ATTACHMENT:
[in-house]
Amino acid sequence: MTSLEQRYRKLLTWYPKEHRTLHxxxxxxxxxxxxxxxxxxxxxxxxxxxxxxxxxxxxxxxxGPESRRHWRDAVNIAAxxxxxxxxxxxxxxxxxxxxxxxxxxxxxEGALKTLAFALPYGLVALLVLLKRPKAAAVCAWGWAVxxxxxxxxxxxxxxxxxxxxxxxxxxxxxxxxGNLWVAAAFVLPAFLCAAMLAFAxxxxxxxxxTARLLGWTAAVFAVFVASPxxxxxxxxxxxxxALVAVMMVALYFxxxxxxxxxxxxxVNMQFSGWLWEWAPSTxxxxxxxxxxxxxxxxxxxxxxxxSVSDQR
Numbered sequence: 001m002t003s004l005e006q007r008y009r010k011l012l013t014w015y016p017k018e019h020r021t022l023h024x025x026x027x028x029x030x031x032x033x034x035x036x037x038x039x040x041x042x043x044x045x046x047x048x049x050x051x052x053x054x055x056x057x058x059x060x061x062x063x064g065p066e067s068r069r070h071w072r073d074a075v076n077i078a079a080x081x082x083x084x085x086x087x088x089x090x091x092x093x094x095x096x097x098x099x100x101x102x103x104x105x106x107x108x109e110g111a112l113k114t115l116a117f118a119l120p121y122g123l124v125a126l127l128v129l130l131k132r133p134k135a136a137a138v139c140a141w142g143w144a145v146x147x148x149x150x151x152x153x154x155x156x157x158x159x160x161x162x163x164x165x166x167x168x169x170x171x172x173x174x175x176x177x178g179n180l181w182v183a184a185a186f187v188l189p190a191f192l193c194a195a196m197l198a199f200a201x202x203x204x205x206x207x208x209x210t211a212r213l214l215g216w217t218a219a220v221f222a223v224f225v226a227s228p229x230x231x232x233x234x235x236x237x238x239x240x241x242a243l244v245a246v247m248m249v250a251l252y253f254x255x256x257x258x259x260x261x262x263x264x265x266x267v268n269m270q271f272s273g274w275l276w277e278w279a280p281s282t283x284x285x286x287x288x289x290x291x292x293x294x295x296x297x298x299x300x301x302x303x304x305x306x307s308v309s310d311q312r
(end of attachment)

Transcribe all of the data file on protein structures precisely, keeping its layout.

[in-house]
Amino acid sequence: MTSLEQRYRKLLTWYPKEHRTLHxxxxxxxxxxxxxxxxxxxxxxxxxxxxxxxxxxxxxxxxGPESRRHWRDAVNIAAxxxxxxxxxxxxxxxxxxxxxxxxxxxxxEGALKTLAFALPYGLVALLVLLKRPKAAAVCAWGWAVxxxxxxxxxxxxxxxxxxxxxxxxxxxxxxxxGNLWVAAAFVLPAFLCAAMLAFAxxxxxxxxxTARLLGWTAAVFAVFVASPxxxxxxxxxxxxxALVAVMMVALYFxxxxxxxxxxxxxVNMQFSGWLWEWAPSTxxxxxxxxxxxxxxxxxxxxxxxxSVSDQR
Numbered sequence: 001m002t003s004l005e006q007r008y009r010k011l012l013t014w015y016p017k018e019h020r021t022l023h024x025x026x027x028x029x030x031x032x033x034x035x036x037x038x039x040x041x042x043x044x045x046x047x048x049x050x051x052x053x054x055x056x057x058x059x060x061x062x063x064g065p066e067s068r069r070h071w072r073d074a075v076n077i078a079a080x081x082x083x084x085x086x087x088x089x090x091x092x093x094x095x096x097x098x099x100x101x102x103x104x105x106x107x108x109e110g111a112l113k114t115l116a117f118a119l120p121y122g123l124v125a126l127l128v129l130l131k132r133p134k135a136a137a138v139c140a141w142g143w144a145v146x147x148x149x150x151x152x153x154x155x156x157x158x159x160x161x162x163x164x165x166x167x168x169x170x171x172x173x174x175x176x177x178g179n180l181w182v183a184a185a186f187v188l189p190a191f192l193c194a195a196m197l198a199f200a201x202x203x204x205x206x207x208x209x210t211a212r213l214l215g216w217t218a219a220v221f222a223v224f225v226a227s228p229x230x231x232x233x234x235x236x237x238x239x240x241x242a243l244v245a246v247m248m249v250a251l252y253f254x255x256x257x258x259x260x261x262x263x264x265x266x267v268n269m270q271f272s273g274w275l276w277e278w279a280p281s282t283x284x285x286x287x288x289x290x291x292x293x294x295x296x297x298x299x300x301x302x303x304x305x306x307s308v309s310d311q312r